Why it’s unique: “Petfinder allows people to take their time when searching for the pet that’s right for them—without having to stand in a shelter and feel pressure or guilt,” explains Kim Saunders, vice president of shelter outreach and public relations. “You can go through [the list of homeless animals] on Petfinder with both your head and your heart.” Most of Petfinder’s animals are cats and dogs, but rabbits are close behind—and you can even find less conventional pets, like pigs, tarantulas, sheep, frogs, horses, snakes, and alpacas.
What it is: Adopt-a-Pet.com is North America's largest non-profit homeless pet adoption Web site. It began in 2000 as "1-800-Save-a-Pet.com," a program to help end the overpopulation of animal shelters in Los Angeles; today, over 12,000 animal shelters, rescue groups, SPCAs, and humane societies use its free service to advertise their adoptable animals.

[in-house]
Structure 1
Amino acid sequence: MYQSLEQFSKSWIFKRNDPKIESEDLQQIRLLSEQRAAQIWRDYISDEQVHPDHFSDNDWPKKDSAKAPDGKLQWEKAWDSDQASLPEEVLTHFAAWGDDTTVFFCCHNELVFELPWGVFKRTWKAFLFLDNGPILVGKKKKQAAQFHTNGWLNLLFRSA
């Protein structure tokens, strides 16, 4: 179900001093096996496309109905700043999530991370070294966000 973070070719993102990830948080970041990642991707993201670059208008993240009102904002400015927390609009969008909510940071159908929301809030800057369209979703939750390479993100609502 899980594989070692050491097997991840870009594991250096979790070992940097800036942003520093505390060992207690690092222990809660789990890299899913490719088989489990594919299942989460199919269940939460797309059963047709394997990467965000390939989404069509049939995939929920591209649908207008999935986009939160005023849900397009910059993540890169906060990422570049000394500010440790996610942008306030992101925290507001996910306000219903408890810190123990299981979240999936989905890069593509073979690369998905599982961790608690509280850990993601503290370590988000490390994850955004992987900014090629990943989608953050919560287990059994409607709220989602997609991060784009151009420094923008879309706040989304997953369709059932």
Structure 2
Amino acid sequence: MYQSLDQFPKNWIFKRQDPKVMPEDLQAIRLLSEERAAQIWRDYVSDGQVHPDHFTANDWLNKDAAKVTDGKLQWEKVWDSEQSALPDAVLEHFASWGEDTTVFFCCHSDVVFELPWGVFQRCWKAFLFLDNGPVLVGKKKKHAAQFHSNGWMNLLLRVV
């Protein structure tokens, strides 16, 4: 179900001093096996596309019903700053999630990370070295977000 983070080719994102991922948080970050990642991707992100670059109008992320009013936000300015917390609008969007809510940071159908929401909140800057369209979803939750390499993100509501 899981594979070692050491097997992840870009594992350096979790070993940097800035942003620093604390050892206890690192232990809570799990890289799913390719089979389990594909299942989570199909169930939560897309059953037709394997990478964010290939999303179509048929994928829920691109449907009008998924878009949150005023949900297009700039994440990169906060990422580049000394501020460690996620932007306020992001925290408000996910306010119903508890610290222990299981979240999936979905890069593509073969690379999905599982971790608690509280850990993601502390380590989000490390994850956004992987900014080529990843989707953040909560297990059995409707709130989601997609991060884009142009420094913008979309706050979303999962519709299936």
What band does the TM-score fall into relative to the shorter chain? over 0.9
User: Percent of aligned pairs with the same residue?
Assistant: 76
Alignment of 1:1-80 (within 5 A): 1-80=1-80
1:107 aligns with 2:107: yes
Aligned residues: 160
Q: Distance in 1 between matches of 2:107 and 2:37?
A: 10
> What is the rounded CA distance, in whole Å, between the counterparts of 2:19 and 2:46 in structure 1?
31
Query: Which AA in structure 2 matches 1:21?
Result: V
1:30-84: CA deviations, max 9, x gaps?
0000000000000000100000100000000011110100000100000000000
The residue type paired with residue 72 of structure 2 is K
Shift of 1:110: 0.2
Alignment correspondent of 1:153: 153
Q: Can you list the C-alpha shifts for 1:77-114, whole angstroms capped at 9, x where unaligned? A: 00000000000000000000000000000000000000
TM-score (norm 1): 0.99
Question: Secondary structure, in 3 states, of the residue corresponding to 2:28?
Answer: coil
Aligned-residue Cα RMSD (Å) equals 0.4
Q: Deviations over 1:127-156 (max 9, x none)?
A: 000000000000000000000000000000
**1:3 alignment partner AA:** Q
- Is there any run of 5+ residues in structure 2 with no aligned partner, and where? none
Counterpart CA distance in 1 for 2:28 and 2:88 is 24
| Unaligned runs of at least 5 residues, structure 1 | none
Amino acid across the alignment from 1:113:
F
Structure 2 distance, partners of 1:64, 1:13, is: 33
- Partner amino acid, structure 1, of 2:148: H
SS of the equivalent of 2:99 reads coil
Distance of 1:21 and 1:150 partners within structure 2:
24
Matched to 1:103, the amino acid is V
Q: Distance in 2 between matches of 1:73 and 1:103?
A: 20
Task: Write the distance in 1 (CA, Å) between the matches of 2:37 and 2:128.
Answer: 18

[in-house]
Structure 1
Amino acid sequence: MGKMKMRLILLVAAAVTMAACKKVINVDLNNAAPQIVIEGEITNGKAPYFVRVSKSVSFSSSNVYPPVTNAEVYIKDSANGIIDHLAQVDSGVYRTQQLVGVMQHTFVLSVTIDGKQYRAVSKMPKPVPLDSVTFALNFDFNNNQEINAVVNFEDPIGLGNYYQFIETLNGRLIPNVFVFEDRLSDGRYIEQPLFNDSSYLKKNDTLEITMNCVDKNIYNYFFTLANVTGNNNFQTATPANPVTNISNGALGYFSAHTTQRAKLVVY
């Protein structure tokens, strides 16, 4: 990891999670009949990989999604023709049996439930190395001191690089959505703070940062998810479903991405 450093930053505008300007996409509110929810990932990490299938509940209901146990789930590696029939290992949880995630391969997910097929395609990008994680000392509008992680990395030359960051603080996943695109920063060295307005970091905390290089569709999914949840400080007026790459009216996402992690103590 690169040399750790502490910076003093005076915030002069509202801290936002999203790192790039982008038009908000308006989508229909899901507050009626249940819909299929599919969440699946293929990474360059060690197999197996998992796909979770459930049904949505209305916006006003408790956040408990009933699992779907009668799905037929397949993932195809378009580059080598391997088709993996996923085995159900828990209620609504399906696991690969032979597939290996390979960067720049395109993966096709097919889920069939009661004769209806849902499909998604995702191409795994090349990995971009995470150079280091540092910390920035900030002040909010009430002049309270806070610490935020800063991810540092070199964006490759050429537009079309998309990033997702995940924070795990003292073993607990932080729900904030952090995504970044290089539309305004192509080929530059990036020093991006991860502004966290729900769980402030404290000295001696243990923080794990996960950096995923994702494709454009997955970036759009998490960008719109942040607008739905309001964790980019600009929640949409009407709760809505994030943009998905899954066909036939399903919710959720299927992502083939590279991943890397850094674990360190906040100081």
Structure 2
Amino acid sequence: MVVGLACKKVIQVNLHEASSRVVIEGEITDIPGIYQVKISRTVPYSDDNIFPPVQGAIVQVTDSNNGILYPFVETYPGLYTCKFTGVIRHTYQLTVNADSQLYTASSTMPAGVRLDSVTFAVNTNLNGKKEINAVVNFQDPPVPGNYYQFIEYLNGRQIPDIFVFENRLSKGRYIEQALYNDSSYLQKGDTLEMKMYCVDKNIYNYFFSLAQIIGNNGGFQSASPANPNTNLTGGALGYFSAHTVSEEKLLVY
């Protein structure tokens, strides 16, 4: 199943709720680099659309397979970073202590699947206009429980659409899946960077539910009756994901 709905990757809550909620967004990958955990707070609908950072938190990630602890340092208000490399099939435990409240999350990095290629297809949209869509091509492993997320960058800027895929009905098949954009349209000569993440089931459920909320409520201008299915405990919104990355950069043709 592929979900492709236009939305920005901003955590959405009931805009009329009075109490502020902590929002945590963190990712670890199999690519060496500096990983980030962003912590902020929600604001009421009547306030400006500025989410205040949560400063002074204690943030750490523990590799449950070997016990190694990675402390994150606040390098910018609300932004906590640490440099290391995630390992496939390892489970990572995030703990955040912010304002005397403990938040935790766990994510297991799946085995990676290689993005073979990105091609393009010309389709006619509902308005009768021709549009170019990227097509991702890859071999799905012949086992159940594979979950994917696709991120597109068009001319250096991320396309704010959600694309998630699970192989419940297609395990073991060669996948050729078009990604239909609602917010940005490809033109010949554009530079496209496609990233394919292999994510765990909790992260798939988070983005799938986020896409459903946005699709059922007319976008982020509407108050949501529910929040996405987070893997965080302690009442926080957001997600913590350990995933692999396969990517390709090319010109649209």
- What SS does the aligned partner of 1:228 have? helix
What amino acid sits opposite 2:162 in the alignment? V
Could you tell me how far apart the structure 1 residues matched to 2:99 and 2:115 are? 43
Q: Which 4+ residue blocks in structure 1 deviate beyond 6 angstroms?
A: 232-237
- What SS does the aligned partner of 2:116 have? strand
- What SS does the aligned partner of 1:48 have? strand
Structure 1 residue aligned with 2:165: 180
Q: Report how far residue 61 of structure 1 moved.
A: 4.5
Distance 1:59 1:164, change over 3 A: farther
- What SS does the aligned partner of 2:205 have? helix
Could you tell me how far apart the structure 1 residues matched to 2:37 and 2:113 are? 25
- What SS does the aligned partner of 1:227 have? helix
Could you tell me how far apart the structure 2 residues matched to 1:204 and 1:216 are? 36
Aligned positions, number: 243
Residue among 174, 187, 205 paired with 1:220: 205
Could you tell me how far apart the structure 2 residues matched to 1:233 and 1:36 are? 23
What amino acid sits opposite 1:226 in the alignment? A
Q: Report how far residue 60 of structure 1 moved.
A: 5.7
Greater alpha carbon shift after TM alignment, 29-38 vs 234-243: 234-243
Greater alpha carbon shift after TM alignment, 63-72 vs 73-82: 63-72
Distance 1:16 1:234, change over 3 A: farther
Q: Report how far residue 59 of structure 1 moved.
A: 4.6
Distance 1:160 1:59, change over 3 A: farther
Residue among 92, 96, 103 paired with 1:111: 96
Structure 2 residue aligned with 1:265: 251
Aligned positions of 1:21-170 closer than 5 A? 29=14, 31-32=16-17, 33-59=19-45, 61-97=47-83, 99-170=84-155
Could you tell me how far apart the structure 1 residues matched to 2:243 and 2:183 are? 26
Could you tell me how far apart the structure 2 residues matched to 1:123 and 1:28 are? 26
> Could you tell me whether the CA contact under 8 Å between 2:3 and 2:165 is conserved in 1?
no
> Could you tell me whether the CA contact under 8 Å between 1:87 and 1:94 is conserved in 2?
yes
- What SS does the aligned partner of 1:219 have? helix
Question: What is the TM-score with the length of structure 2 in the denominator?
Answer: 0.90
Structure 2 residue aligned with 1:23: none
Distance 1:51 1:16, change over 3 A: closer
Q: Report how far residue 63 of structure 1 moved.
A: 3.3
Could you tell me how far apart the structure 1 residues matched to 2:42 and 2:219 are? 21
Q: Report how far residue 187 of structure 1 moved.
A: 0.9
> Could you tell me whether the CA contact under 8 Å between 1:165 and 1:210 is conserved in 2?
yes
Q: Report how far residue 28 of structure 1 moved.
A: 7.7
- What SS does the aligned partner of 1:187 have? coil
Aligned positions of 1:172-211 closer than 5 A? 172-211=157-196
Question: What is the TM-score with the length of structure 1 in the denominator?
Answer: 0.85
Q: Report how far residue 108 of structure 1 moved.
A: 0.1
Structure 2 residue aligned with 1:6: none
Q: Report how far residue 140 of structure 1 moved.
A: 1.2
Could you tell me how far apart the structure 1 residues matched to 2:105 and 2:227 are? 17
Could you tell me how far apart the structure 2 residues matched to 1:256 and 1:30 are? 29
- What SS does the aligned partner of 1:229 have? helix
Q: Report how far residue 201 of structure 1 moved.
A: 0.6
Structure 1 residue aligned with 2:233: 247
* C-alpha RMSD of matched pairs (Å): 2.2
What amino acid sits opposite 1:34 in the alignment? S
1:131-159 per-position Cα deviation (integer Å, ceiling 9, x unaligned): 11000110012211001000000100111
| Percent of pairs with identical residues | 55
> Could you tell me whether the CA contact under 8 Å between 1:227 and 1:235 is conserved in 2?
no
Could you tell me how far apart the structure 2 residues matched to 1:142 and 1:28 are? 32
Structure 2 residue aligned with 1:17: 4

How it works: Go to adoptapet.com, enter your zip code, and search its database for the perfect pet or for a shelter or rescue near you.
Why it’s unique: In addition to dogs and cats, Adopt-a-Pet.com lists rabbits, gerbils, ferrets, hamsters, farm animals, amphibians, and birds. Don’t see the animal you want? Check out the “Search Saver” feature, which sends you alerts when an animal that matches your criteria is entered into its system.
Best Friends Animal Society
What it is: Best Friends Animal Society was founded in 1984 by a group of animal lovers who refused to accept that humane societies and shelters "had no choice" but to kill unadoptable animals. Its headquarters in Kanab, Utah now runs the largest no-kill sanctuary in the United States. There’s also a branch in Los Angeles.